Finding A Middle Ground

What a long, strange trip is has been for Earth Day.

First organized in 1970 by Gaylord Nelson, then a U.S. Senator from Wisconsin, Earth Day was the first time the fragmented environmental movement came together. It took a day like Earth Day for people concerned about industrial pollution, sewage, toxic dumps, pesticides and wildlife conservation to realize they had much in common. It was a bipartisan day supported by Republicans and Democrats that resulted in the creation of the U.S. Environmental Protection Agency and led to passage of the Clean Air, Clean Water and Endangered Species acts.

Everyone, either knowingly or unknowingly, is being more friendly to the environment now by recycling, by driving more fuel efficient vehicles, by being more conscious of how much water or fossil fuels are being used to power our everyday lives. In that sense, Earth Day has been a tremendous success.

And, yet, the environmental movement Earth Day spawned has taken on a different tone.

Broad support for environmental initiatives is much tougher to find now. In 1970, the balance between industry and the environment leaned too far in industry’s favor. As industry has left and tax base has decreased – due in part to more stringent environmental regulations that passed higher costs on to job creators-we are left trying to balance the necessity of industry and the jobs it brings with potential damage to the environment. That means more administrative hurdles, more levels of review and, often times, a knock-down, drag-out fight for any big project.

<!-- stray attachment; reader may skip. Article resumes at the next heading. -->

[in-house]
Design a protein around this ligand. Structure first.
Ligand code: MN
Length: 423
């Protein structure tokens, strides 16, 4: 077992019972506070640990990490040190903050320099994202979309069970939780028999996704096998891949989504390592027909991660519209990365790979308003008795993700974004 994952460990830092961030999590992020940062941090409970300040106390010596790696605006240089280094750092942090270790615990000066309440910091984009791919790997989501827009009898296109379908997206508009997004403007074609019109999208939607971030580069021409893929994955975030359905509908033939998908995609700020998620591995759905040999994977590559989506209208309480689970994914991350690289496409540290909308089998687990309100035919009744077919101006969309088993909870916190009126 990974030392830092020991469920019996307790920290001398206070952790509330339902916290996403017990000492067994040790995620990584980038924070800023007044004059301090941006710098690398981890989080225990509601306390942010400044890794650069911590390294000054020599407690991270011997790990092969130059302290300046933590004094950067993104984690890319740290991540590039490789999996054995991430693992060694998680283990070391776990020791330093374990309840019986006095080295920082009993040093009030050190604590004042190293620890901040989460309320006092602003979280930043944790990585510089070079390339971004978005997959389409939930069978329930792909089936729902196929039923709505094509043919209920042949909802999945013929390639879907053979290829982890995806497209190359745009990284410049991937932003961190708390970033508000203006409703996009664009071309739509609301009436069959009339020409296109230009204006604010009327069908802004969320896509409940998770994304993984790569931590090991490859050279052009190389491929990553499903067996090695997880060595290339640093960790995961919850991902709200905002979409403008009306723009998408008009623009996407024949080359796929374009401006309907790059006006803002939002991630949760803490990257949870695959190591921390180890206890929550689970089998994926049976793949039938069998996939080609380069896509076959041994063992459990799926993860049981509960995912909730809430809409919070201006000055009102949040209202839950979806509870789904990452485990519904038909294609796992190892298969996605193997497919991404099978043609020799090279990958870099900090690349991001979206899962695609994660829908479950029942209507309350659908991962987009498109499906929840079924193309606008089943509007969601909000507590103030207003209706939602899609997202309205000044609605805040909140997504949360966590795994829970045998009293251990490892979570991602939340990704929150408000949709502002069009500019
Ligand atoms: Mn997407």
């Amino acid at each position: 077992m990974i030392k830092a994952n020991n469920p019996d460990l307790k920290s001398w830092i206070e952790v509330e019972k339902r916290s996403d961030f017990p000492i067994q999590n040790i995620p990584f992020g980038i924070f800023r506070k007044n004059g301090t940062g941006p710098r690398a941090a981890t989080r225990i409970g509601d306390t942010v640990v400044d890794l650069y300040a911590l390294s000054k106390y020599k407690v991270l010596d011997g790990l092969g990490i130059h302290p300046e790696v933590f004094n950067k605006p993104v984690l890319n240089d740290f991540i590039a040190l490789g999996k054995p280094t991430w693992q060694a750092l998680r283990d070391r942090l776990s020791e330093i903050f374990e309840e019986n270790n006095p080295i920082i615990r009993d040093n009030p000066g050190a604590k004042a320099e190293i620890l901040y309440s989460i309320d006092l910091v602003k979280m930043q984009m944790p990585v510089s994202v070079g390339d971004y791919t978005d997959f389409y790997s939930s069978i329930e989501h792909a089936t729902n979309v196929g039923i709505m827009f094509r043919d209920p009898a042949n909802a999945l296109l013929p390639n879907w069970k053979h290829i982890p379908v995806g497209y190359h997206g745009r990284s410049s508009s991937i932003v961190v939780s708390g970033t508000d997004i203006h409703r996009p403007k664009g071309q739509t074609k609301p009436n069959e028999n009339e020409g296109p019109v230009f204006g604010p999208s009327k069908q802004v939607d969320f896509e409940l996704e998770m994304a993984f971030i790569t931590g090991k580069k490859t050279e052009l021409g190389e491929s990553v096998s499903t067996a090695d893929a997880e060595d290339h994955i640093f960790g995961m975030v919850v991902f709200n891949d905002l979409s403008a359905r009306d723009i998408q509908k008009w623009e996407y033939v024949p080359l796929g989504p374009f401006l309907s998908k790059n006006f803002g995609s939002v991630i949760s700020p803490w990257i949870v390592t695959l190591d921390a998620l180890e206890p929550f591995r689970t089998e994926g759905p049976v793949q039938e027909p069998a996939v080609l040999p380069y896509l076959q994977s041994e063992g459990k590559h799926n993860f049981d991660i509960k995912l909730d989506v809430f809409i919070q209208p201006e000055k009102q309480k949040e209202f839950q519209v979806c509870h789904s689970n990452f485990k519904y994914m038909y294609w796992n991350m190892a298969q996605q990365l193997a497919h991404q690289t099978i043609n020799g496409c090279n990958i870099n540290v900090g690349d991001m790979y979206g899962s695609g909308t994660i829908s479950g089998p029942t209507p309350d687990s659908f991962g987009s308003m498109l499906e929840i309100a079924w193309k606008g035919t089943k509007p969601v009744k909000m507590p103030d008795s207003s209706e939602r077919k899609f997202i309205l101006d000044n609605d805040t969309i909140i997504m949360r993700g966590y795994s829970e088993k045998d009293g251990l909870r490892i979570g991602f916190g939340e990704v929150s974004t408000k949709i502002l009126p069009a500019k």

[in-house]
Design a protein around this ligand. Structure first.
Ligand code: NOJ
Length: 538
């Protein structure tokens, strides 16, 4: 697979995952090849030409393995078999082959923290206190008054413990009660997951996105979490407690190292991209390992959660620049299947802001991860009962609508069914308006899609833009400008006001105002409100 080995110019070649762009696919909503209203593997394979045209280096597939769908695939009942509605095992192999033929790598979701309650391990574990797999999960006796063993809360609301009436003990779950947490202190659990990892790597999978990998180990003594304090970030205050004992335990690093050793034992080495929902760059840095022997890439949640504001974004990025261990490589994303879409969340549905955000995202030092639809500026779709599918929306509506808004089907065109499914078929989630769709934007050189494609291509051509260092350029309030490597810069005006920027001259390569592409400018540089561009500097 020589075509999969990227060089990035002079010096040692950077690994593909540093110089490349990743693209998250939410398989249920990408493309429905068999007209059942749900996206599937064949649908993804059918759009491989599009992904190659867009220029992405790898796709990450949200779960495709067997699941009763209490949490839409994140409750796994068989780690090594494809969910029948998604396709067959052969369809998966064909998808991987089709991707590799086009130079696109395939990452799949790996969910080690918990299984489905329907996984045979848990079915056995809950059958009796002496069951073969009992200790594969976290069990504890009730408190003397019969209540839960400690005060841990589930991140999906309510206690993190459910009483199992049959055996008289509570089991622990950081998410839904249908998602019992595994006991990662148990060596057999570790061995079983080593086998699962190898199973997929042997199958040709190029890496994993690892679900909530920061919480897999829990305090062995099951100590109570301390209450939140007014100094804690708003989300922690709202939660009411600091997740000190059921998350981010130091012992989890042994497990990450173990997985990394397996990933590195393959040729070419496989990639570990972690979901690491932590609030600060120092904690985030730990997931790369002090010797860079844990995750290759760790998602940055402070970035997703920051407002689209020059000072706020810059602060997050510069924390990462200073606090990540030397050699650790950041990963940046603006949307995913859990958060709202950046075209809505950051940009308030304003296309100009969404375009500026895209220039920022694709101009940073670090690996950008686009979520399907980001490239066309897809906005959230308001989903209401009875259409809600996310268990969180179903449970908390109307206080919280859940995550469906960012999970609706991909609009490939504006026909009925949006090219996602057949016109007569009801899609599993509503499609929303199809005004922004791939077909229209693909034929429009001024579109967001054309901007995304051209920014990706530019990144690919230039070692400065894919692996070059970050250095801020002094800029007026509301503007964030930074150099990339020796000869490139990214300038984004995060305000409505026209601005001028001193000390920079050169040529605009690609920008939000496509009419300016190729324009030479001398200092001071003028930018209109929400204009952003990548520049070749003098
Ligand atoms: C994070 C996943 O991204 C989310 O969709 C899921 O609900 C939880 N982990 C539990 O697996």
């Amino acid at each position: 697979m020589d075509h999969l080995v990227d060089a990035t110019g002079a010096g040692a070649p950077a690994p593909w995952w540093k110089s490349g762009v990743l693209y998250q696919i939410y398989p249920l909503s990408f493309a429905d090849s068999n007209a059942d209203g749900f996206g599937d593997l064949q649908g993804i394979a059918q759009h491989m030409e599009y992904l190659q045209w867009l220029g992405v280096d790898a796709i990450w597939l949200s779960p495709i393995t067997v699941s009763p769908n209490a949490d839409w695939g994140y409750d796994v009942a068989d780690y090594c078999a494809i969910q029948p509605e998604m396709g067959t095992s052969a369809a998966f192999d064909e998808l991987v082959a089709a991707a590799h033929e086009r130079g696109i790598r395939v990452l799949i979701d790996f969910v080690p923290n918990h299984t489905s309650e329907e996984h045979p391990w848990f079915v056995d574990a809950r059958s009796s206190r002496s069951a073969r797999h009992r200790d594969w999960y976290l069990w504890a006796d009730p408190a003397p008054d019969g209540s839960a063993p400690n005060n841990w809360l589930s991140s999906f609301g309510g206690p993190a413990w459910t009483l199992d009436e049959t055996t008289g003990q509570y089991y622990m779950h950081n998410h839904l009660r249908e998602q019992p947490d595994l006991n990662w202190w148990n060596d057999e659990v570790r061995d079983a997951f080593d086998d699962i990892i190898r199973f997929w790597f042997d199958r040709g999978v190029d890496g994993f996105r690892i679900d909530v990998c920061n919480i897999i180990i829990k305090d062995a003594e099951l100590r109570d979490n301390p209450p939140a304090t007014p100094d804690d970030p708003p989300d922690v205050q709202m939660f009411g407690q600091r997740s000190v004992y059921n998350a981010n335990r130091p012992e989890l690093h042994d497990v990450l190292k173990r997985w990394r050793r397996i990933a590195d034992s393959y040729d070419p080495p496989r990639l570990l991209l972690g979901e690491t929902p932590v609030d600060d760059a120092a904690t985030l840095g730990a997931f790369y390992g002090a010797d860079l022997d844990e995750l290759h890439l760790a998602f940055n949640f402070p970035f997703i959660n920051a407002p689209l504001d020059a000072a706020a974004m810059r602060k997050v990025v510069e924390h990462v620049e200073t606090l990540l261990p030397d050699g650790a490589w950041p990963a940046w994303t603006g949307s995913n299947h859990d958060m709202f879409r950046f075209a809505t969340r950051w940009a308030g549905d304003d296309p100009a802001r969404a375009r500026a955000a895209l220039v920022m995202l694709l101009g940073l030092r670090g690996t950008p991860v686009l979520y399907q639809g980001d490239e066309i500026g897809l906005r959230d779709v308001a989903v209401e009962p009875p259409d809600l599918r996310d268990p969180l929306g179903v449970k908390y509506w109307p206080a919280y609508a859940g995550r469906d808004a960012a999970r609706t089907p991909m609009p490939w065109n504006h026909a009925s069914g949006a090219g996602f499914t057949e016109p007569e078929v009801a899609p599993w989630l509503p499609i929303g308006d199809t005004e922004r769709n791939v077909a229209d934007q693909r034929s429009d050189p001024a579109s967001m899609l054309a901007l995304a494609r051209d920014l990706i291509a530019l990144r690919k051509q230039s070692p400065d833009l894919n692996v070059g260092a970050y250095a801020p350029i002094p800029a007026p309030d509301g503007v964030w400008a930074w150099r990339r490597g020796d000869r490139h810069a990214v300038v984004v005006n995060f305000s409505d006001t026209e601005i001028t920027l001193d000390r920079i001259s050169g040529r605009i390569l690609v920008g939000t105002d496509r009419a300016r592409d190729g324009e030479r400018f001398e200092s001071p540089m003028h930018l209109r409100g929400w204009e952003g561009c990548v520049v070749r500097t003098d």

It would be one thing if we were having environmental discussions that led us in a positive direction. Too often, though, these aren’t civil disagreements – look no further than debate over the Jamestown Board of Public Utilities’ plan to build a new coal-fired boiler, the ongoing fight over hydraulic fracturing for proof or discussions nationally over drilling in the Alaskan wilderness or the Keystone oil pipeline.

Being environmentally friendly and friendly to industry doesn’t have to be mutually exclusive. We need to protect the environment and grow our tax base. We need to cut pollution while creating jobs.

We should all thank the environmental movement for working to stem the damage done by hundreds of years of neglect. For years, they fought an unpopular fight that benefitted us all. Now, though, we need to find a middle ground that allows us to protect our natural resources while also keeping jobs in our state.

That’s a cause we can all support.